In a key post-crisis move, the House bill would give a bankruptcy court judge 48 hours to decide whether derivatives contracts should be transferred to the bridge bank, a move that backers argue would help stem a future financial crisis. Current law allows derivatives counterparties to automatically net out or terminate their swaps contracts immediately at the beginning of an insolvency process, a move at Lehman Bros. that helped drive the financial crisis. A person familiar with the Judiciary Committee bill said that the 48 hour prohibition on cancelling a derivatives contracts would allow for a healthier recapitalized operating business to be set up and alleviate concerns among nervous counterparties seeking to terminate their swaps deals.

In related action, Federal Deposit Insurance Corp. Chairman Martin Gruenberg, pointed out Tuesday at a Senate Banking Committee hearing that banks must revise their derivatives contracts so that they don't automatically terminate in bankruptcy as part of so-called living wills large financial institutions are working on. However, banks will have until 2017 or longer to meet this and other living will requirements before regulators can force them to divest assets. The final bill doesn't include a provision giving a failing bank access to the Federal Reserve's so-called emergency lender-of-last resort authority, a spokeswoman told The Deal.

The central bank had previously provided over $13 trillion in taxpayer-backed loans through the lending authority, as part of its effort to stem the 2008 financial crisis. She noted that the Judiciary Committee does not have jurisdiction over the Fed's authority. One observer familiar with the situation pointed out that the House Financial Services Committee, which has jurisdiction over Fed lending, would make the ultimate decision about whether that access would be made available.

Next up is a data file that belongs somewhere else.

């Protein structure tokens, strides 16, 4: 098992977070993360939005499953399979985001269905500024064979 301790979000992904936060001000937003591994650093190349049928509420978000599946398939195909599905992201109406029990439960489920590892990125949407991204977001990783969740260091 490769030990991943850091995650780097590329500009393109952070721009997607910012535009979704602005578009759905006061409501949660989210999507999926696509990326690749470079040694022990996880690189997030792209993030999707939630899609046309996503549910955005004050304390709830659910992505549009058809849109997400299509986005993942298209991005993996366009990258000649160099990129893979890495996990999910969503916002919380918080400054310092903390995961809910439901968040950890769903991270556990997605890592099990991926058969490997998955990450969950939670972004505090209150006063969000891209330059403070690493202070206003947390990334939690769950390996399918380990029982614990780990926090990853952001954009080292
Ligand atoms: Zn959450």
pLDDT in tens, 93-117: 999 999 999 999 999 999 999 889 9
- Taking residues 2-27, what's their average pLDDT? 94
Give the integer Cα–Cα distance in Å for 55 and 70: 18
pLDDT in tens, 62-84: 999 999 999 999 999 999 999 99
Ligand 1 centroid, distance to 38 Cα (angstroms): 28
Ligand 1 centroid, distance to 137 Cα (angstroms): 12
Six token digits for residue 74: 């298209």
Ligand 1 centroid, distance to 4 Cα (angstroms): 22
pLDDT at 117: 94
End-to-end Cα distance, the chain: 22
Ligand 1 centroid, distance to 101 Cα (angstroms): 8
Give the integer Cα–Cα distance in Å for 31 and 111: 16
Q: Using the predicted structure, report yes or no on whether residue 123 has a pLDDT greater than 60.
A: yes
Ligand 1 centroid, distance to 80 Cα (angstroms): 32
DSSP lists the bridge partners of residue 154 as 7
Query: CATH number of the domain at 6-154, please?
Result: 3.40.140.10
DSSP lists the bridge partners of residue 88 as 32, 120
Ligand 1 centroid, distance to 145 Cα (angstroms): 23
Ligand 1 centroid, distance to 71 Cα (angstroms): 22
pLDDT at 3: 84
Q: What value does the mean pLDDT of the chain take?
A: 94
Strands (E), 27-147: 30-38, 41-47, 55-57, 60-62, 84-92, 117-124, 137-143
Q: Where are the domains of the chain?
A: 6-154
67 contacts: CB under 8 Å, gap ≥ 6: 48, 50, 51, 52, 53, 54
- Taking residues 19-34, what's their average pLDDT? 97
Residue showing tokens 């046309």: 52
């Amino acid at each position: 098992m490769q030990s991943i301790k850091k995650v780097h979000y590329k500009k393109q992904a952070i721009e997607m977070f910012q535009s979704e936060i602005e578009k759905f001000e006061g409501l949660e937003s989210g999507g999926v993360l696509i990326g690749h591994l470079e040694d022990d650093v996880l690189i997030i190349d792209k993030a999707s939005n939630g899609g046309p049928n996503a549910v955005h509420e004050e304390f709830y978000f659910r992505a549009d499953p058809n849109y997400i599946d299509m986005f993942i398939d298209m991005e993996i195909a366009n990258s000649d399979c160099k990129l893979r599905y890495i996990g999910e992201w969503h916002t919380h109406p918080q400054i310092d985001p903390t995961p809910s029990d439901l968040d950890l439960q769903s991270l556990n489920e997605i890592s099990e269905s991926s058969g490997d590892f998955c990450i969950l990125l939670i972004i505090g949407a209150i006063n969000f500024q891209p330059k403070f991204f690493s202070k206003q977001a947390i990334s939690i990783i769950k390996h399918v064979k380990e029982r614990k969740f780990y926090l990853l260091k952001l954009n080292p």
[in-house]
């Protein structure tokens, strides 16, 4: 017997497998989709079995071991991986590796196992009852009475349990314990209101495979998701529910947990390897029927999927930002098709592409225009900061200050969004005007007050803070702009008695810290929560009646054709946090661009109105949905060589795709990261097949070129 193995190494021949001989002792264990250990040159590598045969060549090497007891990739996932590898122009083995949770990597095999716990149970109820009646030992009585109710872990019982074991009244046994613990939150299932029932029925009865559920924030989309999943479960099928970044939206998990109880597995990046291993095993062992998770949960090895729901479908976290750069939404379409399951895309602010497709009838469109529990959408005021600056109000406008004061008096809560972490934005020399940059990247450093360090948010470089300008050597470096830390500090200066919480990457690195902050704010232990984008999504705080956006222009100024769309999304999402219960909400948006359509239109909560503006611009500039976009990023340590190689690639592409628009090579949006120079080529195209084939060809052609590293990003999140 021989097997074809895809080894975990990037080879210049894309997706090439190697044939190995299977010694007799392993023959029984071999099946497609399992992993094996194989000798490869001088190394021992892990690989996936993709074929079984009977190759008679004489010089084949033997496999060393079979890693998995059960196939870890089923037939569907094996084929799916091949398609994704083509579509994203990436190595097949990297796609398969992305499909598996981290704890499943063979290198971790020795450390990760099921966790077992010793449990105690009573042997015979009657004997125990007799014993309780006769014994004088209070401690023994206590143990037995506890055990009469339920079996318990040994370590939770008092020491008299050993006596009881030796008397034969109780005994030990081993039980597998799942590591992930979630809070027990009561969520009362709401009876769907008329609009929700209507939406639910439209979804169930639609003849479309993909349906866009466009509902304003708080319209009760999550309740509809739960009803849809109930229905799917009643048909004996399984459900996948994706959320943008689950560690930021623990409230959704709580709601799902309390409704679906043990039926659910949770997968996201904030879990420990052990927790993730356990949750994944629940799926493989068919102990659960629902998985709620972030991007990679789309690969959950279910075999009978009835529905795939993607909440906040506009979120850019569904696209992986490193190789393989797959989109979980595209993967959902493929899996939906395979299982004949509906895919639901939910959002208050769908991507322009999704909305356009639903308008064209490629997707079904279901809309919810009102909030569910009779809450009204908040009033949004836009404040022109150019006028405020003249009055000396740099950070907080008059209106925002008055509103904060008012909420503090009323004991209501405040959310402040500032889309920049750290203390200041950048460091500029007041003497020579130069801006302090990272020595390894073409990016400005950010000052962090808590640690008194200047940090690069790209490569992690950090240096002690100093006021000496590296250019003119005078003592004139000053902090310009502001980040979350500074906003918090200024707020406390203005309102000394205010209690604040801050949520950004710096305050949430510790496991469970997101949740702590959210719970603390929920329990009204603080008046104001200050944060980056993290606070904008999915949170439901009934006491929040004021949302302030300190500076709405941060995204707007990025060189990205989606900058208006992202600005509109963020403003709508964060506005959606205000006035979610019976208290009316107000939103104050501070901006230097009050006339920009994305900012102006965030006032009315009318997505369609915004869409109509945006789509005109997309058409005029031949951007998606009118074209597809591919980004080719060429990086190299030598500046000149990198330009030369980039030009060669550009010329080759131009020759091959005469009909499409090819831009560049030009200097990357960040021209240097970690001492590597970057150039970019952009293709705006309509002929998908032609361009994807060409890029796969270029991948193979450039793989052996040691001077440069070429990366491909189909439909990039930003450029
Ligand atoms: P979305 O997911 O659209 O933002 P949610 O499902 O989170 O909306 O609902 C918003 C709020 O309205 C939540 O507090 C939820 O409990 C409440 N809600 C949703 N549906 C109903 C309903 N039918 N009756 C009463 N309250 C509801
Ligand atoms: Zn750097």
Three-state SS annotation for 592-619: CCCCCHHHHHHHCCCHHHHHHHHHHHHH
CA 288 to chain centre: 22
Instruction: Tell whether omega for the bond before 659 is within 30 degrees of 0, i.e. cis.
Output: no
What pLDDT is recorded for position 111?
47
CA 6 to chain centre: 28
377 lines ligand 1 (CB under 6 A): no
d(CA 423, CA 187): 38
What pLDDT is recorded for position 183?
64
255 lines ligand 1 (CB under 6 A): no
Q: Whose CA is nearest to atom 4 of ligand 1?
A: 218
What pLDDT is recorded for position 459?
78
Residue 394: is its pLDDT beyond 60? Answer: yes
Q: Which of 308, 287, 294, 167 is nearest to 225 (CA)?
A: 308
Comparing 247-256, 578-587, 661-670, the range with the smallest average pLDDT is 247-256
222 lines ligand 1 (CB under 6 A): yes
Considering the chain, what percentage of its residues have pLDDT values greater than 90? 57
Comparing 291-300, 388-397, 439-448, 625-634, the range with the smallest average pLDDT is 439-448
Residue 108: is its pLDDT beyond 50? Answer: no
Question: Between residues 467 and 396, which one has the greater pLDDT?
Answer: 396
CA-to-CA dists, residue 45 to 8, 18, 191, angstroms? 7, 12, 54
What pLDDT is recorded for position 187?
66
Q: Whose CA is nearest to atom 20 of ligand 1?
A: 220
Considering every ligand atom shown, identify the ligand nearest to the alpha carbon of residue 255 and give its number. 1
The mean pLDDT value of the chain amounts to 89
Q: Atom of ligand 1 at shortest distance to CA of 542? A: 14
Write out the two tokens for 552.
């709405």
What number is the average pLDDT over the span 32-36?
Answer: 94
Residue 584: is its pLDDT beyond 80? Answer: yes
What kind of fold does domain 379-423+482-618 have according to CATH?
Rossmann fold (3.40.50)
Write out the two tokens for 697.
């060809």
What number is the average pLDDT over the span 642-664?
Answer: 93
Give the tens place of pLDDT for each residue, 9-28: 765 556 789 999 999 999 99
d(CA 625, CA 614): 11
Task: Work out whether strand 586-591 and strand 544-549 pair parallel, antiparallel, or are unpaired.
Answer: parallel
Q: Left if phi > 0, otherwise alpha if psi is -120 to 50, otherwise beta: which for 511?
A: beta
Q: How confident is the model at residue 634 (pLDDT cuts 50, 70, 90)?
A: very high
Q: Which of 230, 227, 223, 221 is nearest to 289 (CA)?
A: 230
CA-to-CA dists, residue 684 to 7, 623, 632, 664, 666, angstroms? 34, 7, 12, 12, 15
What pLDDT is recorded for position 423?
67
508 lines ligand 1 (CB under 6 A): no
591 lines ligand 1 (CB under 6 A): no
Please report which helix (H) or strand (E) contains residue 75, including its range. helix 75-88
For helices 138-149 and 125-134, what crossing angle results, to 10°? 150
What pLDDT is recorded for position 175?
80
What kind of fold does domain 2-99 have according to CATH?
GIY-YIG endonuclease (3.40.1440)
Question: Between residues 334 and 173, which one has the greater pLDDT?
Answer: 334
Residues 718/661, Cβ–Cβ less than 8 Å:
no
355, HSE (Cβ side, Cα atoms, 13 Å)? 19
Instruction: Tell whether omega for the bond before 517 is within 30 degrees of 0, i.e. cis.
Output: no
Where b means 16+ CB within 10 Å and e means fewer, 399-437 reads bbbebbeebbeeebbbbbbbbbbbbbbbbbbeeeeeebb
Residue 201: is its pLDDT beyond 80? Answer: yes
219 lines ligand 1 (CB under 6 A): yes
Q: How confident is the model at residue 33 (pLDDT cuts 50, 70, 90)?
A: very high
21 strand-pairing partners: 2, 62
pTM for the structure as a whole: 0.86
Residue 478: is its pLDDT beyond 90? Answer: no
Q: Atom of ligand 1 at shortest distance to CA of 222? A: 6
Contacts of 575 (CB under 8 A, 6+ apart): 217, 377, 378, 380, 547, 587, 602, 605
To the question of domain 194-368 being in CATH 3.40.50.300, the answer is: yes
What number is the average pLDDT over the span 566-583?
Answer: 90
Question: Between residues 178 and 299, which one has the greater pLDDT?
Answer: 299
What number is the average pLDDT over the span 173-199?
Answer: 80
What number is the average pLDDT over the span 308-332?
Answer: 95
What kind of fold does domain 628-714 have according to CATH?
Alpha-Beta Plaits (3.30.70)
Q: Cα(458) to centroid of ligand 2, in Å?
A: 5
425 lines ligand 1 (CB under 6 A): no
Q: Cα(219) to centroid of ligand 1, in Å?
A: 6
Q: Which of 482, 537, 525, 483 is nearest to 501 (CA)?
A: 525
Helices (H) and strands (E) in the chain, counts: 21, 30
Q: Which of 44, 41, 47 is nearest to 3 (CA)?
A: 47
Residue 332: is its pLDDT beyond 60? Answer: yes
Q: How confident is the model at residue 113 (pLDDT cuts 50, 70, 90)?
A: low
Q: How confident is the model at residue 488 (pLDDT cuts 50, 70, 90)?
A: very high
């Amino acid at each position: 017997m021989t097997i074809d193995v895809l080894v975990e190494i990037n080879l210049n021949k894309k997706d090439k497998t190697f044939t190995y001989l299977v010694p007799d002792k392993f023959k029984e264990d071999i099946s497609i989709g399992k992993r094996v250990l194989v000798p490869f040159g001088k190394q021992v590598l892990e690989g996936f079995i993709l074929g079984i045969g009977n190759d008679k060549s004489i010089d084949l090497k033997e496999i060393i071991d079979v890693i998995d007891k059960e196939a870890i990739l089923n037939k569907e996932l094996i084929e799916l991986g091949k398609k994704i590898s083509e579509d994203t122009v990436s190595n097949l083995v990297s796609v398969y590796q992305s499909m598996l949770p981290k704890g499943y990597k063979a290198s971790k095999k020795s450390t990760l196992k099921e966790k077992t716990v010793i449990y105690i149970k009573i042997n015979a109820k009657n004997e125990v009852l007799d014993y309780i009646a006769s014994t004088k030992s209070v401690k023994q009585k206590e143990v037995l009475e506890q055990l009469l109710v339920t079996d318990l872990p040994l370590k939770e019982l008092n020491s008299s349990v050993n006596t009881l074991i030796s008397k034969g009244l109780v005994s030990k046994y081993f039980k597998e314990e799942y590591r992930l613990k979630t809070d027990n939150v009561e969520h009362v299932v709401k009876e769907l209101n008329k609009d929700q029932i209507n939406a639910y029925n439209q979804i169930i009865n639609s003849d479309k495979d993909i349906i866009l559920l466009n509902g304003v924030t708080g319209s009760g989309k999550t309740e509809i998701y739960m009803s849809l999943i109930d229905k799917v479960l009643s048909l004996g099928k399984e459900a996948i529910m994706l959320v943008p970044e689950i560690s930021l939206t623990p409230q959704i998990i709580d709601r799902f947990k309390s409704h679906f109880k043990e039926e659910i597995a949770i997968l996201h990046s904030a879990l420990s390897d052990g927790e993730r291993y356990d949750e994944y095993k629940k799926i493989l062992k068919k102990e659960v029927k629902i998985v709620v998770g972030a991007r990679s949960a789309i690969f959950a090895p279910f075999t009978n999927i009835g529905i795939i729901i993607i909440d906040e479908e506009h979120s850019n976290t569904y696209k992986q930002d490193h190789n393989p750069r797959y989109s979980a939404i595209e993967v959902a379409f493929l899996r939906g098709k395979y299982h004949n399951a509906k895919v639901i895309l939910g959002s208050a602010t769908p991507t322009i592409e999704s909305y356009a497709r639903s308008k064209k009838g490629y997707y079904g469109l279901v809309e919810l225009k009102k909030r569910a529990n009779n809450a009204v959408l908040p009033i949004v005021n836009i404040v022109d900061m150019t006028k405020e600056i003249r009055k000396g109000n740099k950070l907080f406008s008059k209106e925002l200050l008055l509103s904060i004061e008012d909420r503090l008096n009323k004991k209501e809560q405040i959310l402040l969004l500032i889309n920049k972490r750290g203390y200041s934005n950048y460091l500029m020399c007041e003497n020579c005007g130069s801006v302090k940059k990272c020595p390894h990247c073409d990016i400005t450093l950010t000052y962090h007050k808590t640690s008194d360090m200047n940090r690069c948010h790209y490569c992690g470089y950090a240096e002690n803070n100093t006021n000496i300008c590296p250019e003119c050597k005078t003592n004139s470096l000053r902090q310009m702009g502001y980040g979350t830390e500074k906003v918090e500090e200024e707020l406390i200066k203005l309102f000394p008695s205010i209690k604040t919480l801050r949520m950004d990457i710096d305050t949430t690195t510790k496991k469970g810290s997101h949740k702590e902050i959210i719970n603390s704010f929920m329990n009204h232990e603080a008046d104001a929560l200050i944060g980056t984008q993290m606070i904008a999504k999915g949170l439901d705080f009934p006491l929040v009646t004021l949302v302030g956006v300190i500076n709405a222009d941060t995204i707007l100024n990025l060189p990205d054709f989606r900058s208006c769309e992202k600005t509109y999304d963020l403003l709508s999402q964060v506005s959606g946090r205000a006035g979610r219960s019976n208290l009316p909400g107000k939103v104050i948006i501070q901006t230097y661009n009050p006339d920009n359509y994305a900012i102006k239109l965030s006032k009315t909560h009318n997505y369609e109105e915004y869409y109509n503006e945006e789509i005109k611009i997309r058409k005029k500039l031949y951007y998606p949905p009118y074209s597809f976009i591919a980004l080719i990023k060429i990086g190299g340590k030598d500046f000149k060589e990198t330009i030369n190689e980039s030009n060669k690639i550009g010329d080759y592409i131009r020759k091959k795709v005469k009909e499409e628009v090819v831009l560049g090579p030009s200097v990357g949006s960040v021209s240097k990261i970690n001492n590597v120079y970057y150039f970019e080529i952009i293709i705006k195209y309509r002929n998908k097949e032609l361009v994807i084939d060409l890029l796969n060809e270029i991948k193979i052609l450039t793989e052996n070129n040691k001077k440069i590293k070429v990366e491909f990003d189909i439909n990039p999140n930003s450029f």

Rep. Spencer Bachus, R-Ala., who is a member of the judicial and financial services panels, told The Deal in July that the Fed's lender-of-last-resort authority could be an important part of the bankruptcy process. "I wouldn't rule it out," he told The Deal. Nevertheless, the House Financial Services Committee has no bill under consideration related to this type of government lending and a person familiar with the Judiciary bill said the next step for the legislation is the House floor. Two Senate Republicans have a similar bill under consideration, but Democrats have yet to back any bankruptcy reform legislation.

Gruenberg also argued that a major "challenge" to the U.S. bankruptcy code reform effort involves whether it could be set up in a way that could foster global cooperation with regulators in other jurisdictions. He also said it was "unclear" whether traditional debtor-in-possession financing in bankruptcy would be sufficient to meet the liquidity needs of a large failing bank. A person familiar with the Judiciary bill argues that it would only put the U.S. holding company into bankruptcy, allowing foreign units to continue as operating businesses.

As expected, Gruenberg, defended the OLA system. He said that the FDIC and Bank of England have been working together to set up compatible systems for the failure of a big bank that has operations in the U.K. and U.S., noting that of the 28 largest global banks designated by regulators as systemically important, 12 are in the U.S. and U.K.